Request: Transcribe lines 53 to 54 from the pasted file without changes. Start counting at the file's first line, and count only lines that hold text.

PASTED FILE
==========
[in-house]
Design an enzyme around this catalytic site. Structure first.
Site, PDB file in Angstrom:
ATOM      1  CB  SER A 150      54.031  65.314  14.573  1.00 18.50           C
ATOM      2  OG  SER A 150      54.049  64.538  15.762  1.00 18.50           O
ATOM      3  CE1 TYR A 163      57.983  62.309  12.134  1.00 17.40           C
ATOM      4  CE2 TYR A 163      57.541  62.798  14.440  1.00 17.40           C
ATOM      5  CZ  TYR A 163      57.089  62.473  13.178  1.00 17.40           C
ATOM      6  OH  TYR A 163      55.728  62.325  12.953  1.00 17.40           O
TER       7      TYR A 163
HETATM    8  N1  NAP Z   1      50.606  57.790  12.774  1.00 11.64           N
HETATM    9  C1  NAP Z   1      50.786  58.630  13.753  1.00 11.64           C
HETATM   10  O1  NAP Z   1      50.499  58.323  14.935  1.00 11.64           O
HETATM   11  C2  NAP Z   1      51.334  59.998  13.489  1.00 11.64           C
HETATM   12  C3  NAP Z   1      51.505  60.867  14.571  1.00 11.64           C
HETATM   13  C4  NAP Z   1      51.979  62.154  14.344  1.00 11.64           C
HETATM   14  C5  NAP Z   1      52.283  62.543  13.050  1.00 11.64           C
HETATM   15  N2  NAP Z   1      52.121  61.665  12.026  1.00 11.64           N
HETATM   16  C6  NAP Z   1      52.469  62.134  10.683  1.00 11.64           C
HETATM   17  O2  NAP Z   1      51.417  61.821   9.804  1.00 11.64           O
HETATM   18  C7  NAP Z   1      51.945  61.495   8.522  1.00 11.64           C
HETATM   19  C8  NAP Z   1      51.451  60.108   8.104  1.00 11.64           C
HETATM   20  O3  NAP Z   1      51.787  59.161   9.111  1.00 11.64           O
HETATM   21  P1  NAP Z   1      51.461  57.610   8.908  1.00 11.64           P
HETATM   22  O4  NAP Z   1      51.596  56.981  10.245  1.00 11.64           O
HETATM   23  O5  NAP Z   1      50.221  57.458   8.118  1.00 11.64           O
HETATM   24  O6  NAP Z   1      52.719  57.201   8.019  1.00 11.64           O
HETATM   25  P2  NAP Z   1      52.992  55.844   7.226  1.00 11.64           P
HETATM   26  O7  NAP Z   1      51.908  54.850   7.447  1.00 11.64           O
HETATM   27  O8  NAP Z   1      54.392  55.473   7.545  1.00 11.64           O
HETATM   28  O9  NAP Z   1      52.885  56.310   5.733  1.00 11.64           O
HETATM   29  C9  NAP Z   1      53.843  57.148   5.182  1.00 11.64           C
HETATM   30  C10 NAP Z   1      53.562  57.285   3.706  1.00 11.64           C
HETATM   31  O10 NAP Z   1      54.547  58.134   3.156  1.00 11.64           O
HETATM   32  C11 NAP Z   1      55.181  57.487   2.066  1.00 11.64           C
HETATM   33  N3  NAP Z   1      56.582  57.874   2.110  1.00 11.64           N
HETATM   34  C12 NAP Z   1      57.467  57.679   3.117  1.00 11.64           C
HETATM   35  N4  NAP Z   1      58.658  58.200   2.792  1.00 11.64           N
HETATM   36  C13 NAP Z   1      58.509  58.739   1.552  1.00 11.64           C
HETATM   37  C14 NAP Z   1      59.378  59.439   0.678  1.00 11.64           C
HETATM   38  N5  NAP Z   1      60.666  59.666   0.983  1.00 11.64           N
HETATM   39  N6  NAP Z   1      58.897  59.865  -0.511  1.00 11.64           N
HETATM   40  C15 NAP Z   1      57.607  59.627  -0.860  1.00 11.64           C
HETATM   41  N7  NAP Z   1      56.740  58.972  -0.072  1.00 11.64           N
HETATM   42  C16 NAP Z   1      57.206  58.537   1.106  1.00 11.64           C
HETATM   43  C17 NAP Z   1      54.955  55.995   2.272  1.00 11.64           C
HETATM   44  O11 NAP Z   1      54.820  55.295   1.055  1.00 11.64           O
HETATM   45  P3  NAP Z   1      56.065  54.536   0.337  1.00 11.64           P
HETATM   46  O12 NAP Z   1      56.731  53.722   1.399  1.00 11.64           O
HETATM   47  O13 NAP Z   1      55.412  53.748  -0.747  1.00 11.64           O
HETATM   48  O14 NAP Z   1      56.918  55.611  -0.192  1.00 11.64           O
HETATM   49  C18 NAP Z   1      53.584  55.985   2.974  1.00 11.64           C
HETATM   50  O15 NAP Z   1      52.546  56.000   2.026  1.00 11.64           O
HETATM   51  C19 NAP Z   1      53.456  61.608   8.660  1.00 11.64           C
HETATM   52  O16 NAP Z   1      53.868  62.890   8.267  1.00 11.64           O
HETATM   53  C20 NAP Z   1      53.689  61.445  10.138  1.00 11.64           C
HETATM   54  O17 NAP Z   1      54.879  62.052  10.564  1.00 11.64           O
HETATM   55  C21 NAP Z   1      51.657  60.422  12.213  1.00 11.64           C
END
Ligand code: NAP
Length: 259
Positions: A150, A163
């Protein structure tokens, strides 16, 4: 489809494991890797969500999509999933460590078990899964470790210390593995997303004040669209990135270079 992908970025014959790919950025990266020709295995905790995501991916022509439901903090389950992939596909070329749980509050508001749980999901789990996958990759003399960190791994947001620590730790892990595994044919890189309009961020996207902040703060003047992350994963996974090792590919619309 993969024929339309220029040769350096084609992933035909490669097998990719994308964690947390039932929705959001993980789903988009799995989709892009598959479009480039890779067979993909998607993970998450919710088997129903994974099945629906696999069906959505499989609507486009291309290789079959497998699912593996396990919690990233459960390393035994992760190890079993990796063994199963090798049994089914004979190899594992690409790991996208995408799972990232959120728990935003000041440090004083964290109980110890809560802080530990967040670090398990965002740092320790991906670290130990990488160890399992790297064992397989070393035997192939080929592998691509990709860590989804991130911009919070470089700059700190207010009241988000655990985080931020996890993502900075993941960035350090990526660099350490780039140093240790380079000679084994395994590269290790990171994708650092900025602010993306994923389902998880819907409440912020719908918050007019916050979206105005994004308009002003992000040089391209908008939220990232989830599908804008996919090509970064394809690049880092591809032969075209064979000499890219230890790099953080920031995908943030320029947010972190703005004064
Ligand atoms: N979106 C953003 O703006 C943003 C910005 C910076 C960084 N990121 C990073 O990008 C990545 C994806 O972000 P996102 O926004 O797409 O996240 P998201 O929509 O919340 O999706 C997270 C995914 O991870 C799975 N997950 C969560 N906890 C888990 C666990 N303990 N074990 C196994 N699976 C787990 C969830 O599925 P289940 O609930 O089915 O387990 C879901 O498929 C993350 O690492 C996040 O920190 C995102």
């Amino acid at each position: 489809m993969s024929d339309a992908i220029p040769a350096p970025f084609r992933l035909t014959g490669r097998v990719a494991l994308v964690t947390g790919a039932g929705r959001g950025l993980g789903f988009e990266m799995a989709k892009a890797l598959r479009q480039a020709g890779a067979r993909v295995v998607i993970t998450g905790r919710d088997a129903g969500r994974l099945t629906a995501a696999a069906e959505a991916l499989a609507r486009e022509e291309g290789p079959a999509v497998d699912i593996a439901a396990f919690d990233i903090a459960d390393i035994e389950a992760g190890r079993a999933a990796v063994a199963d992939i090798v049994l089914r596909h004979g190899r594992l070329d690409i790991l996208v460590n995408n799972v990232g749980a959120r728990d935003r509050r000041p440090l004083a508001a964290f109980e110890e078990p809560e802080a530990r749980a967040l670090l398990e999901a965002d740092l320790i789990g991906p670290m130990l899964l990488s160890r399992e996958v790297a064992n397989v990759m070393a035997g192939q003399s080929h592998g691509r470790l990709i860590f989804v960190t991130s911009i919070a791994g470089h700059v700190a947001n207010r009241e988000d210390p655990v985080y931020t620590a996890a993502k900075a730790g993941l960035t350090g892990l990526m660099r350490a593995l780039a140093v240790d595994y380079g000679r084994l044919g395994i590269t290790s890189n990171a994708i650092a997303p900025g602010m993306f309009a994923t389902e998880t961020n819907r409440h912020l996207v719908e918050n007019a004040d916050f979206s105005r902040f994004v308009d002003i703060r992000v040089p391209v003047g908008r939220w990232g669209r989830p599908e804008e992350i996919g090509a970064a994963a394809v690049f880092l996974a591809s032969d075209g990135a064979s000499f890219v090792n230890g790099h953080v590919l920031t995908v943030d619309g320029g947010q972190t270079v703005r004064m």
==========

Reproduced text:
HETATM   50  O15 NAP Z   1      52.546  56.000   2.026  1.00 11.64           O
HETATM   51  C19 NAP Z   1      53.456  61.608   8.660  1.00 11.64           C